From a million miles out in space, NASA’s Earth Polychromatic Imaging Camera (EPIC) on board NOAA's Deep Space Climate Observatory (DSCOVR) satellite captured this loop composed of 12 natural color images of the moon’s shadow crossing over North America on August 21, 2017. EPIC photographs the full sunlit side of Earth every day, giving it a unique view of total solar eclipses.

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VIIRS Sees the Moon's Shadow over the Midwest

Suomi NPP View of the 2017 Solar Eclipse

The Visible Infrared Imaging Radiometer Suite (VIIRS) aboard the NOAA/NASA Suomi NPP satellite captured this color-enhanced infrared image of the moon's shadow during today's solar eclipse. In this so-called "natural color" RGB composite image, vegetation appears green, liquid clouds appear white, and higher ice clouds appear as cyan. Note, however, how nothing appears in the area covered by the moon's shadow.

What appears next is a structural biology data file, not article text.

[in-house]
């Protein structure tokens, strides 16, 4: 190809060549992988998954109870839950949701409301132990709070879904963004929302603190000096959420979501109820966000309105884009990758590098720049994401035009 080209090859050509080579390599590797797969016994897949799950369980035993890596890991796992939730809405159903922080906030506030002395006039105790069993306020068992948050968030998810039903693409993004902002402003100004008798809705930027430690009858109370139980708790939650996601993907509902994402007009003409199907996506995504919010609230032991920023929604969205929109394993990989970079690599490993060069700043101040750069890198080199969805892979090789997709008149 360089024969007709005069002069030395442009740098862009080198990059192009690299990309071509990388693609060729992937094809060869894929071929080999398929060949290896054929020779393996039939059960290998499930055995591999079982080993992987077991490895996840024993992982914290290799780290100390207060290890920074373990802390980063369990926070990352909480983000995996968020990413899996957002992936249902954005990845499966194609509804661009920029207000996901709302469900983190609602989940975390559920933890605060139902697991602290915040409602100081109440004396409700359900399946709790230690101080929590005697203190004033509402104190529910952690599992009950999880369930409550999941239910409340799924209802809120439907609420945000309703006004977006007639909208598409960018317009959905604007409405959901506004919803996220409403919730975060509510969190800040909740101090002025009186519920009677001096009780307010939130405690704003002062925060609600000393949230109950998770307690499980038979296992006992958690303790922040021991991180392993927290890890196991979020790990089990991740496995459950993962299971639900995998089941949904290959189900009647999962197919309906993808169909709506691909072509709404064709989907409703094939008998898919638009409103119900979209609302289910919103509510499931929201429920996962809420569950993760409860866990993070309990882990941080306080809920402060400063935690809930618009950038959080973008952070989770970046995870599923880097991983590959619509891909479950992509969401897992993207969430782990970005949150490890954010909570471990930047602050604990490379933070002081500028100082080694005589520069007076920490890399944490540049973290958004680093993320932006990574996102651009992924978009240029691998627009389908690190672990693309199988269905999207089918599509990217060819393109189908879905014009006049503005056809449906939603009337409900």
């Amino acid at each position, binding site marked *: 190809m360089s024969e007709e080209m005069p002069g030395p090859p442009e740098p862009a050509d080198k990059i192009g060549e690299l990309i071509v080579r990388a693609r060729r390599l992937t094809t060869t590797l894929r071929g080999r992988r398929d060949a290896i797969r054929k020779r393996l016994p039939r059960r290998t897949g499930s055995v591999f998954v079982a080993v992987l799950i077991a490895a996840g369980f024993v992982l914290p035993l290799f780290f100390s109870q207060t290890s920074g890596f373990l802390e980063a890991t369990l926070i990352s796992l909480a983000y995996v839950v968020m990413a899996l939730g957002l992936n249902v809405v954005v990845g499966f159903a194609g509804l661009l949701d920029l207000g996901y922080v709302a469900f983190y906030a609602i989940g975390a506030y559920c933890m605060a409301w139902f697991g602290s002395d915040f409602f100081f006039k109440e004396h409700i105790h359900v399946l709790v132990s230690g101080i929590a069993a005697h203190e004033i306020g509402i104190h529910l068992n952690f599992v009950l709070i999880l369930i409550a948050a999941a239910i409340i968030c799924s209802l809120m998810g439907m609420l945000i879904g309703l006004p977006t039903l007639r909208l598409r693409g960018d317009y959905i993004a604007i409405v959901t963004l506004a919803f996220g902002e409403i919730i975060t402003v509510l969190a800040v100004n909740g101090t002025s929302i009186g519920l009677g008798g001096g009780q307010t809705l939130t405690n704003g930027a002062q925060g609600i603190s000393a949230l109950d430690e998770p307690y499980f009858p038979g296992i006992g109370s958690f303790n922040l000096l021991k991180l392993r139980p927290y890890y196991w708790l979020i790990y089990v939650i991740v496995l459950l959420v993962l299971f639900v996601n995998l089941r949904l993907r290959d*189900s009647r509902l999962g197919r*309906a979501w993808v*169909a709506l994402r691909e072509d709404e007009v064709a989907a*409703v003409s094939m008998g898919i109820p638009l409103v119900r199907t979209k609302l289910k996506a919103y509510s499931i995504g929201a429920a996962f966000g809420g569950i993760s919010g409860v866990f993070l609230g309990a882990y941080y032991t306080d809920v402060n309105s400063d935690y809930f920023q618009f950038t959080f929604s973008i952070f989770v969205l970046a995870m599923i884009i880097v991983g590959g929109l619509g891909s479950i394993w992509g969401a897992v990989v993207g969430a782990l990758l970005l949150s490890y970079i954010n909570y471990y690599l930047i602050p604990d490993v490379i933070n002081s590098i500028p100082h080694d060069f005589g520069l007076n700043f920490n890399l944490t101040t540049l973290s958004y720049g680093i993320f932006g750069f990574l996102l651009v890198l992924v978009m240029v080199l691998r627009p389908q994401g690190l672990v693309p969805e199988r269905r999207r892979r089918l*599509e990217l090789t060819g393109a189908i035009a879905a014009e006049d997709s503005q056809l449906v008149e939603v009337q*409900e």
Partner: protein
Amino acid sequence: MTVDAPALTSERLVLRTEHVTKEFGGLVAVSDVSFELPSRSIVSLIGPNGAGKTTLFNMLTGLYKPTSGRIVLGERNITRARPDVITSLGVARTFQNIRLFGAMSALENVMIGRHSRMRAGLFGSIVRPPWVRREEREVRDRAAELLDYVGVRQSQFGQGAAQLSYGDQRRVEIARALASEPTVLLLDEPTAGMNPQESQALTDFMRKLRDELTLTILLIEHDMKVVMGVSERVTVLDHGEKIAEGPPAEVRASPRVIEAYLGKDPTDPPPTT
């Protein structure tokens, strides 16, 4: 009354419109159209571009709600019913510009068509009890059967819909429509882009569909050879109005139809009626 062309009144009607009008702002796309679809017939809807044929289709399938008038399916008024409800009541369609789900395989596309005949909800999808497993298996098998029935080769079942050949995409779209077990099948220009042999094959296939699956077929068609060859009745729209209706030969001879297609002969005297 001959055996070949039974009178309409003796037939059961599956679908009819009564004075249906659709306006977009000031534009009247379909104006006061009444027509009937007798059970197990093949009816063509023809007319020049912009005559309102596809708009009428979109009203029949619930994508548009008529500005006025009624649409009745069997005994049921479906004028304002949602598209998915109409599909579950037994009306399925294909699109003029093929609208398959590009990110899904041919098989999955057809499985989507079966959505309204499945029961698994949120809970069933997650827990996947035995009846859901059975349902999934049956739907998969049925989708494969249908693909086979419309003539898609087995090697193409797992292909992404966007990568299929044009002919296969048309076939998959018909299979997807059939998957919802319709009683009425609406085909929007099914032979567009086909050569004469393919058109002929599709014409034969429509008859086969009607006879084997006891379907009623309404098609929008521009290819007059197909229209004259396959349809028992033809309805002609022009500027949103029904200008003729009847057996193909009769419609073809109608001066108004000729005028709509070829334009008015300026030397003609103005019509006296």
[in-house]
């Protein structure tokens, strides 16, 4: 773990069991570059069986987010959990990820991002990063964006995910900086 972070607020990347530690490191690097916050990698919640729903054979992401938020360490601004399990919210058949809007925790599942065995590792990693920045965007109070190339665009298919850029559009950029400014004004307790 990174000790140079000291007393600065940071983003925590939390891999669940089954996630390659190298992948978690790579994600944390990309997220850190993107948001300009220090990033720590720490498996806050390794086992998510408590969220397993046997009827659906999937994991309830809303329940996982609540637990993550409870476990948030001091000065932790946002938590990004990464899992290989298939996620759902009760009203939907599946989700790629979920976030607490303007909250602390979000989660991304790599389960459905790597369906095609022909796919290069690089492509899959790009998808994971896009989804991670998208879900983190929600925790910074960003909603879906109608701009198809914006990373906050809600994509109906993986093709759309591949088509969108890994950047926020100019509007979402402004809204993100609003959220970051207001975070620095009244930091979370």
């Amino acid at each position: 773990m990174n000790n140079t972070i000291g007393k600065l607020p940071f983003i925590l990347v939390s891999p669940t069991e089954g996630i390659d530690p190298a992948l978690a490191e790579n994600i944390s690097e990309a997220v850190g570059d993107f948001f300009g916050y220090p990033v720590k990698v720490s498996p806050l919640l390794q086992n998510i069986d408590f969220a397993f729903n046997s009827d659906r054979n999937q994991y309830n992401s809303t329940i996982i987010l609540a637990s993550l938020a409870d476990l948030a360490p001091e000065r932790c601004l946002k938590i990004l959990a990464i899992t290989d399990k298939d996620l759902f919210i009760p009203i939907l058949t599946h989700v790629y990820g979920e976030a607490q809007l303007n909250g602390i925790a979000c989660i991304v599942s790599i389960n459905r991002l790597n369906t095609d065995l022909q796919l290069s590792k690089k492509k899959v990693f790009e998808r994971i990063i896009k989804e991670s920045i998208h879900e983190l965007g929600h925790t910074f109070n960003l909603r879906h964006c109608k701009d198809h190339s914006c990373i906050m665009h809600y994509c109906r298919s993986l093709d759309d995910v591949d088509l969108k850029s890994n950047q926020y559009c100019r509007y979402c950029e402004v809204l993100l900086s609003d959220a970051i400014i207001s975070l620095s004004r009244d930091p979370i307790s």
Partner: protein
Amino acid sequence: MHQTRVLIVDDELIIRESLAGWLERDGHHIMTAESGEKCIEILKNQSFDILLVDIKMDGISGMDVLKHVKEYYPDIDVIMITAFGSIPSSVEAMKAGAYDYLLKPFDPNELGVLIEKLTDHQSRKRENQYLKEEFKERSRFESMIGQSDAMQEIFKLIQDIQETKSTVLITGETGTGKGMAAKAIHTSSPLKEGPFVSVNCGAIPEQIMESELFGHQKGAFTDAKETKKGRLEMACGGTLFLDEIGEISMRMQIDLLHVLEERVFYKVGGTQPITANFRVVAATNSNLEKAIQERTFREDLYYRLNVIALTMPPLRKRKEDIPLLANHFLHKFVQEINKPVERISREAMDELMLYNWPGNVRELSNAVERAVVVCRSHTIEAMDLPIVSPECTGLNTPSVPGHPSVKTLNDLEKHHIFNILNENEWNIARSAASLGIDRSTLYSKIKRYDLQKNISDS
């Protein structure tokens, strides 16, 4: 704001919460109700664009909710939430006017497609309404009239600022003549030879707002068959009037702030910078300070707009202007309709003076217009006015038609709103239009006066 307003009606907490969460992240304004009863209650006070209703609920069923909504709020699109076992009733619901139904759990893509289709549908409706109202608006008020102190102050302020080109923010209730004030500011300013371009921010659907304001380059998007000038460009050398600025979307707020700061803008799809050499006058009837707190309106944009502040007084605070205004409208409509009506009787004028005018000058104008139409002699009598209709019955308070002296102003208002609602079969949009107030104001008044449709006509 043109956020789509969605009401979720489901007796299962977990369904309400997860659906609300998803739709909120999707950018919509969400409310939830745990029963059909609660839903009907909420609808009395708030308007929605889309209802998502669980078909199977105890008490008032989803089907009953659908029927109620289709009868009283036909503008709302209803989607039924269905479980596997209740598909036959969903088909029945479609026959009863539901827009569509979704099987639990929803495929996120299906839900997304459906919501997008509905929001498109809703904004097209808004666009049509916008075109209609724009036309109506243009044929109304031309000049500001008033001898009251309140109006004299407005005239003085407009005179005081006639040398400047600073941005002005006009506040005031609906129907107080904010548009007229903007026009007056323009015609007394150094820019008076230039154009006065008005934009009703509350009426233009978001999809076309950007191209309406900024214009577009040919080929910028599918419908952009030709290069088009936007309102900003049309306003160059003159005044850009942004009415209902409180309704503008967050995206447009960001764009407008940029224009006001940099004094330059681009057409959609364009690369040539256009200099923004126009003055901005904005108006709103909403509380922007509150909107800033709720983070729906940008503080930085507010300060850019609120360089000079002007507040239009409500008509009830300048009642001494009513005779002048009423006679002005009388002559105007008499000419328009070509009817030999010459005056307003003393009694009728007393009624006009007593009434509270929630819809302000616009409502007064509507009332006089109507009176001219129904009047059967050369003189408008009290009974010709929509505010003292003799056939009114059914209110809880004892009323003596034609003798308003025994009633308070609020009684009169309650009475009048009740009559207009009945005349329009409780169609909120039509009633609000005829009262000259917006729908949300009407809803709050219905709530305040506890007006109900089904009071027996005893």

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Follow the Moon's Shadow across the Northern Hemisphere

Follow the shadow of the moon as it moves West to East across the Northern Hemisphere in this geocolor animation from NOAA's GOES-16 satellite!

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Watch the Moon's Shadow Move from Coast to Coast

Watch the moon's shadow move from coast to coast in this latest geocolor animation from GOES-16! The loop begins at 12:27 pm (eastern) and ends at 2:52 pm today. This animation comes to us courtesy of GOES-16's Advanced Baseline Imager, which can capture an image of the continental United States every 5 minutes!

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The Moon's Shadow Moves East of the Mississippi

The Moon's Shadow Moves East of the Mississippi

Continuing on its way toward the Atlantic, the center of the moon's shadow is now east of the Mississippi River! This image comes to us courtesy of GOES-16's Advanced Baseline Imager, which can take a full-disk image of the Earth like this one every 15 minutes!